Money is expensive. I mean, it's difficult to get your hands on sometimes—and you never know when someone's going to pull the floorboards out from under you—so don't be stupid with it. Avoid debt on depreciating assets, and never incur debt in order to assuage your vanity (see rule number one). Debt has become normative, but don't blithely accept it as a rite of passage into adulthood—debt represents imbalance and, in some sense, often a resignation of control. Student loan debt isn't always unavoidable, but it isn't a given—my wife and I completed a combined ten years of college with zero debt between us. If you can't avoid it, though, make sure that your degree is an investment rather than a liability—I mourn a bit for all of the people going tens of thousands of dollars in debt in pursuit of vague liberal arts degrees with no idea of what they want out of life. If you're just dropping tuition dollars for lack of a better idea at the moment, just withdraw and go wander around Europe for a few weeks—I guarantee you'll spend less and learn more in the process.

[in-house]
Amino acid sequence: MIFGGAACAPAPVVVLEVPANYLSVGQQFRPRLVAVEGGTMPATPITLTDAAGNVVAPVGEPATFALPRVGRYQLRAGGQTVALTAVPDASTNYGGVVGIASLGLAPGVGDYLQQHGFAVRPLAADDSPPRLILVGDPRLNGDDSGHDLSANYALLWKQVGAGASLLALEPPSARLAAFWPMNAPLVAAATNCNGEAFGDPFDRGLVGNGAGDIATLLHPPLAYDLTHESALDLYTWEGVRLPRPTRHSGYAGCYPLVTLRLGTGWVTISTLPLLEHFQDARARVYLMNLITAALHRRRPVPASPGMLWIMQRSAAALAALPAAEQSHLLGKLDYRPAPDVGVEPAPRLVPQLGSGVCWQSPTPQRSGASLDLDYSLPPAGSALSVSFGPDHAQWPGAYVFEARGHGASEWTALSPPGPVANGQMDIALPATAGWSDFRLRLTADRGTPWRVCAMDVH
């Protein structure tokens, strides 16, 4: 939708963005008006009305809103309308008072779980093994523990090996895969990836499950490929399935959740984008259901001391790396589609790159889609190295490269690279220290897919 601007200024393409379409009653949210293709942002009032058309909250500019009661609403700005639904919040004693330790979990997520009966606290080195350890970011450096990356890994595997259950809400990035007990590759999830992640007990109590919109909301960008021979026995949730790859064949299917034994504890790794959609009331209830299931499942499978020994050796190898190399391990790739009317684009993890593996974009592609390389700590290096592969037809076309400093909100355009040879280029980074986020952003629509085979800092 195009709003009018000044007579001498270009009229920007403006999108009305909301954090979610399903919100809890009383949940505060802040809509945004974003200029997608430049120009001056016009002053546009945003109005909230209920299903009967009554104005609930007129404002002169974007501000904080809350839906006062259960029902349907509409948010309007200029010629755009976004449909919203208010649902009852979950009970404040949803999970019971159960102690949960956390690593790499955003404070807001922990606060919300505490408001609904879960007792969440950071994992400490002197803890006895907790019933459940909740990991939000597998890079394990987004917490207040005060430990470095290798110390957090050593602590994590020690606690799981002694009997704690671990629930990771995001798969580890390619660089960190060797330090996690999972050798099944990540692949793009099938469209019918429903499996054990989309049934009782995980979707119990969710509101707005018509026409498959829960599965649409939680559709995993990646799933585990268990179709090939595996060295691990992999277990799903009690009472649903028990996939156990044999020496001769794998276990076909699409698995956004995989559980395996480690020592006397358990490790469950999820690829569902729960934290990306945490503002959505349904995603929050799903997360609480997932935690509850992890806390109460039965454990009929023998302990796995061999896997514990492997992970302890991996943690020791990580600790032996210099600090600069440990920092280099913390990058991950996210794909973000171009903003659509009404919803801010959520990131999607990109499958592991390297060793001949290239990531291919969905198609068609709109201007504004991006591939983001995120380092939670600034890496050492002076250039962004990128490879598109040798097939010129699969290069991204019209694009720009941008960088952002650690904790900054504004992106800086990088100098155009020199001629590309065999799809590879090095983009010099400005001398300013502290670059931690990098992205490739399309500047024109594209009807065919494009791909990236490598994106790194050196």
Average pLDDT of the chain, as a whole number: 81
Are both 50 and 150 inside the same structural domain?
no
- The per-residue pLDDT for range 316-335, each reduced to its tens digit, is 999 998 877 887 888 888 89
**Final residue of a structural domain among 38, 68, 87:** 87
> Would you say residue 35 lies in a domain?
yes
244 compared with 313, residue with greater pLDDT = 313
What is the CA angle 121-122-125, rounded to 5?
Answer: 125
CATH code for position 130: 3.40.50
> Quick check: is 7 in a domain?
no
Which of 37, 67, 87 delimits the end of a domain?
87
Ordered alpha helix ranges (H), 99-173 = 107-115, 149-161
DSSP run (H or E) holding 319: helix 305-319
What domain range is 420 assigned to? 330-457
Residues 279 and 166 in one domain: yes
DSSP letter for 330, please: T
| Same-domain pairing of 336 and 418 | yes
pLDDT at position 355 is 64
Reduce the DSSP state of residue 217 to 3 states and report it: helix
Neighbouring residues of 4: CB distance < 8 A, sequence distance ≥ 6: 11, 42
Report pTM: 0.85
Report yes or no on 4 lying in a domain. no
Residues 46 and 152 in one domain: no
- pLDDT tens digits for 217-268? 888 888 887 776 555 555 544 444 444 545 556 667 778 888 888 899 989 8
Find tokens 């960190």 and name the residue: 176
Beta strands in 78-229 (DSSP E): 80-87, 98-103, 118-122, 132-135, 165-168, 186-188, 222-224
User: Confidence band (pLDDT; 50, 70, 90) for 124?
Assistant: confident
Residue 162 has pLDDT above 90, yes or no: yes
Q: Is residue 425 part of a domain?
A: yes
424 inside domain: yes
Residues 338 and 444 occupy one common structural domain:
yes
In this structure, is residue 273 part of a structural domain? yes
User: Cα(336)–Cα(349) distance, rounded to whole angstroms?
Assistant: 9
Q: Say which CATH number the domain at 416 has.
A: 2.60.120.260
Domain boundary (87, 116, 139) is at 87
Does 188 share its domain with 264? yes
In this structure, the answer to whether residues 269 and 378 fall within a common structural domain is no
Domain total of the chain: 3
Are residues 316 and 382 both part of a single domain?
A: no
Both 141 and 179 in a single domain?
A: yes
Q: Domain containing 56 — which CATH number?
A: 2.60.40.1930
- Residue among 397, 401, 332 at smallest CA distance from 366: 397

Learn the ancient art of rhetoric. The elements of rhetoric, in all of their forms, are what make the world go around—because they are what prompt the decisions people make. If you develop an understanding of how they work, while everyone else is frightened by flames and booming voices, you will be able to see behind veils of communication and see what levers little men are pulling. Not only will you develop immunity from all manner of commercials, marketing, hucksters and salesmen, to the beautiful speeches of liars and thieves, you'll also find yourself able to craft your speech in ways that influence people. When you know how to speak in order to change someone's mind, to instill confidence in someone, to quiet the fears of a child, then you will know this power firsthand. However, bear in mind as you use it that your opponent in any debate is not the other person, but ignorance.